The Pearl of Tiger Bay

by Gabrielle Wang

Published by Penguin

96 pages, 2004

 

 

Gentle Fantasy

Reviewed by Sue Bursztynski

 

Annie and her parents arrive in Tiger Bay, a beautiful coastal town loosely based on the Australian town of Lorne. Annie's veterinarian father is descended from a local sea-captain whose seaside house has become their home. The family looks forward to getting away from the rat race.

In a former hotel on the cliffs, once frequented by movie stars and European aristocrats, lives widowed Madame Olenka, a retired theatrical performer, who has been alone for the last 30 years. She has her groceries delivered and never sees anyone. The hotel is falling apart; the city council wants to knock it down and banish Madame Olenka to a jail-like retirement home run by the bizarrely-named Y. Knott Flushem (the novel has a number of these Dickens-style punning or appropriate names).

Why is one of the councilors trying so hard to push this through? Who is the strange little girl Annie is seeing with Madame Olenka -- could she be the ghost of little Beatrice, Olenka's drowned daughter? And how can Annie and her new friend Jin Chen raise the money to renovate the hotel so the old lady doesn't lose her home?

Gabrielle Wang won a number of awards for her first novel, The Garden of Empress Cassia, a fantasy. This novel, her second, also has a number of fantasy elements, though they are laid on lightly -- a mail-delivering magpie and a magical grandmother among others. Really, it's more a case of fantasizing than fantasy. Wouldn't we all love to live in a place like Tiger Bay? Then there's the gang of kids helping the old lady keep her home and the "Let's do a show!" aspect that most of us remember from old Hollywood movies.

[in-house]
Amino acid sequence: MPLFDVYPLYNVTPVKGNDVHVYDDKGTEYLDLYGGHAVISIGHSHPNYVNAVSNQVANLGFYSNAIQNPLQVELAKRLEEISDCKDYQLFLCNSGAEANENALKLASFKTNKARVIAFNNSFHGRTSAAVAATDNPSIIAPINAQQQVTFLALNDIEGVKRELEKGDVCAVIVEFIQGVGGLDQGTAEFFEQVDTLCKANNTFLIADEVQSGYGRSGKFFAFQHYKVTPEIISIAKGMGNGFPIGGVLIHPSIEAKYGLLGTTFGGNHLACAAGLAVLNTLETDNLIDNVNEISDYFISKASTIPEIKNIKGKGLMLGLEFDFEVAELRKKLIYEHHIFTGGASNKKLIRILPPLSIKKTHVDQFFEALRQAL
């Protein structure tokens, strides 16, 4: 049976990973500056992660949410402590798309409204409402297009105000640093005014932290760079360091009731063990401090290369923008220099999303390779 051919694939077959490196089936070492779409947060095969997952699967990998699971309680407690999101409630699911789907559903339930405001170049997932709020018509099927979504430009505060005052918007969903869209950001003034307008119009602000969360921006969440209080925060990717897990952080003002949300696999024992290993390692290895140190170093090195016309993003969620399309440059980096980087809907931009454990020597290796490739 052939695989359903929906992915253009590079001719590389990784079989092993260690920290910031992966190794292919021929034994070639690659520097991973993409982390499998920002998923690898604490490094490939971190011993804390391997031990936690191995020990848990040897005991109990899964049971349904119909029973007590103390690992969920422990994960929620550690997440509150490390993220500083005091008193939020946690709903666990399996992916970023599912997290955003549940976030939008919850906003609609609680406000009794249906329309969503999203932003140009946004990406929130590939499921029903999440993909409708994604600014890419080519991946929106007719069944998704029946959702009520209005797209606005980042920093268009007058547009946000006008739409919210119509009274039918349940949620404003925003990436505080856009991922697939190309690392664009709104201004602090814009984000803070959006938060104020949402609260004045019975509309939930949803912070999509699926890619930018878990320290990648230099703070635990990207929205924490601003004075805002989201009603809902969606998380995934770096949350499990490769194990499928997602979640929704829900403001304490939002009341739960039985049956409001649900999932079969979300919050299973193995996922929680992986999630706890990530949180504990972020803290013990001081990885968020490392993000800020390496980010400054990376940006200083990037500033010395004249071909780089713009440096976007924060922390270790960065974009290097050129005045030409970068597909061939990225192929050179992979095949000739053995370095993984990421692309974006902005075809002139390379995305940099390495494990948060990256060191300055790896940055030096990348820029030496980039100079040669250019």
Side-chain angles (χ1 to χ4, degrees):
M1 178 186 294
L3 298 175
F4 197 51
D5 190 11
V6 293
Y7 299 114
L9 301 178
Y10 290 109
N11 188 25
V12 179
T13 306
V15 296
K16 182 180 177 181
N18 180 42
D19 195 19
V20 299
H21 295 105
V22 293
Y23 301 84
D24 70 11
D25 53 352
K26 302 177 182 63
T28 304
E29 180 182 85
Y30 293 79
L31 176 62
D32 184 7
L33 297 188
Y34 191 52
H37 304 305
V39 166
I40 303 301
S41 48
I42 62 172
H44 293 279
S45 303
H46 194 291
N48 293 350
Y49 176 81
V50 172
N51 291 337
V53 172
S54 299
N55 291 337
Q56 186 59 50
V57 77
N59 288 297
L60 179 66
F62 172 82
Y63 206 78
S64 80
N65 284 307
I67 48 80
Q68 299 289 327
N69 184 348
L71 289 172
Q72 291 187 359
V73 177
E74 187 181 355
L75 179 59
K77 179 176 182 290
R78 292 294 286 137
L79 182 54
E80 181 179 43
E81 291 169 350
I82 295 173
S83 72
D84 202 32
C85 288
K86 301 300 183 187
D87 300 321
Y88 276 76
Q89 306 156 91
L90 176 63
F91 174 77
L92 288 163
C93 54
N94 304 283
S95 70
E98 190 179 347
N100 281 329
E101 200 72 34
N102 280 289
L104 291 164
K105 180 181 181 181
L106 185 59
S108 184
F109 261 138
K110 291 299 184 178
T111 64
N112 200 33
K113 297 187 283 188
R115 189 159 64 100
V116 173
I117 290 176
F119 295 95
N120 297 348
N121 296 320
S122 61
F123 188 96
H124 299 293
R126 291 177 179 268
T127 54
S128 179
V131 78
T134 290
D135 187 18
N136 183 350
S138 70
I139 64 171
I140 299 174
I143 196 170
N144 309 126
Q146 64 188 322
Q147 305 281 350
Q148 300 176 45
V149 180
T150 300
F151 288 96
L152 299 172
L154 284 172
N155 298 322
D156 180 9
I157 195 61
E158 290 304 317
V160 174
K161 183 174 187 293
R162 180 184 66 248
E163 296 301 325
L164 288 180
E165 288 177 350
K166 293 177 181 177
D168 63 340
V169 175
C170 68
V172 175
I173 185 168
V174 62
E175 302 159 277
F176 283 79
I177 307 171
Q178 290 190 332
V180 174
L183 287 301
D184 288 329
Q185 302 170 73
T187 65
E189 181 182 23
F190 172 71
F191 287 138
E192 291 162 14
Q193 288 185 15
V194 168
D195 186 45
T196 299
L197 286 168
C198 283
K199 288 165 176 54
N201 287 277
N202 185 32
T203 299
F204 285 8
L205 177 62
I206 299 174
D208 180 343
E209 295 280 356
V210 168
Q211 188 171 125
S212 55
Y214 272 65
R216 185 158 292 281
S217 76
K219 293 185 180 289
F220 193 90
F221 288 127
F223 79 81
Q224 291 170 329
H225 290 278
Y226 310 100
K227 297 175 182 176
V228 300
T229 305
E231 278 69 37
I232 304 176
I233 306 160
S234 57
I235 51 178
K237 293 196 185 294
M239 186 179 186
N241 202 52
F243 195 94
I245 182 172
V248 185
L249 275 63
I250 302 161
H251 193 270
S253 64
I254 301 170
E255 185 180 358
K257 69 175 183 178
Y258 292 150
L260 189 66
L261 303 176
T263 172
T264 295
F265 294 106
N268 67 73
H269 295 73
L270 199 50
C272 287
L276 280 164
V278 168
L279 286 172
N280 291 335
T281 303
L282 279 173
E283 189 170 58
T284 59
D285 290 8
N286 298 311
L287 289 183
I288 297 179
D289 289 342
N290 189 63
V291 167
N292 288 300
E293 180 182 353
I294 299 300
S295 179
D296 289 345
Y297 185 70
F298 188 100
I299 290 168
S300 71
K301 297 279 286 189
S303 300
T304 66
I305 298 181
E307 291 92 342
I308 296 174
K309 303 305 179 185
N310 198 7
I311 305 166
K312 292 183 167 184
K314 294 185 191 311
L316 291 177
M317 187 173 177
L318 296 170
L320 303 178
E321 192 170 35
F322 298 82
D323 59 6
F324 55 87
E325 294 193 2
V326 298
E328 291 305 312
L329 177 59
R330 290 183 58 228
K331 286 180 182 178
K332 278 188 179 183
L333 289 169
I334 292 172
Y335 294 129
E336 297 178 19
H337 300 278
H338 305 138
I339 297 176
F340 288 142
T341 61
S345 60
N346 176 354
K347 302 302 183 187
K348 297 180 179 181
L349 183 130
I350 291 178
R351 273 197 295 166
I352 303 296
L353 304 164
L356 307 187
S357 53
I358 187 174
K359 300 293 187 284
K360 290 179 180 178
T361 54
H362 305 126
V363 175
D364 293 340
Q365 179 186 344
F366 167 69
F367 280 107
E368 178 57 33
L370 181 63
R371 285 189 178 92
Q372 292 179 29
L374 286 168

In some ways The Pearl of Tiger Bay reminds me of Odo Hirsh's Hazel Green stories, which are set in a wonderful block of flats in a city somewhere in a fictional country. Like the Hazel Green stories, Gabrielle Wang's tale features a group of friends with individual skills who use those skills to solve the problem at hand. The colorful young artist Dash is reminiscent of Hirsh's mathematical genius. As in the Hirsh tales, the few adults who play a role in the story are eccentric and fascinating. Jin's grandmother has magical abilities and can handle ghosts, but doesn't speak much English. Madame Olenka and her mentor, the Great Mironov, have their own background stories, which we learn near the end.

On the whole, The Pearl of Tiger Bay is a gentle, old-fashioned story. Nobody swears. Nobody gets hurt, really, though there is the back story of the drowned child. Even the not-so-nice boy, with the unlikely but appropriate name of Doo Doo, is won over eventually. You can safely give it to your eight-year-old, who will probably also enjoy the fact that adults in the novel are mostly in the background, except those needed to play a role. It's not that they aren't important, but the children do all the problem-solving, just as they do in all those novels about five children and a dog cracking the mystery baffling local police.

Annie is, perhaps, too good to be true, turning a dull little town around and giving the local kids something to do five minutes after she arrives, but hey, it's all part of the kind of fantasy children enjoy. And it's a nice break from the real-life dramas that have taken over so much children's and YA fiction in recent years. | July 2004

 

Sue Bursztynski is a children's and fantasy writer and librarian based in Australia.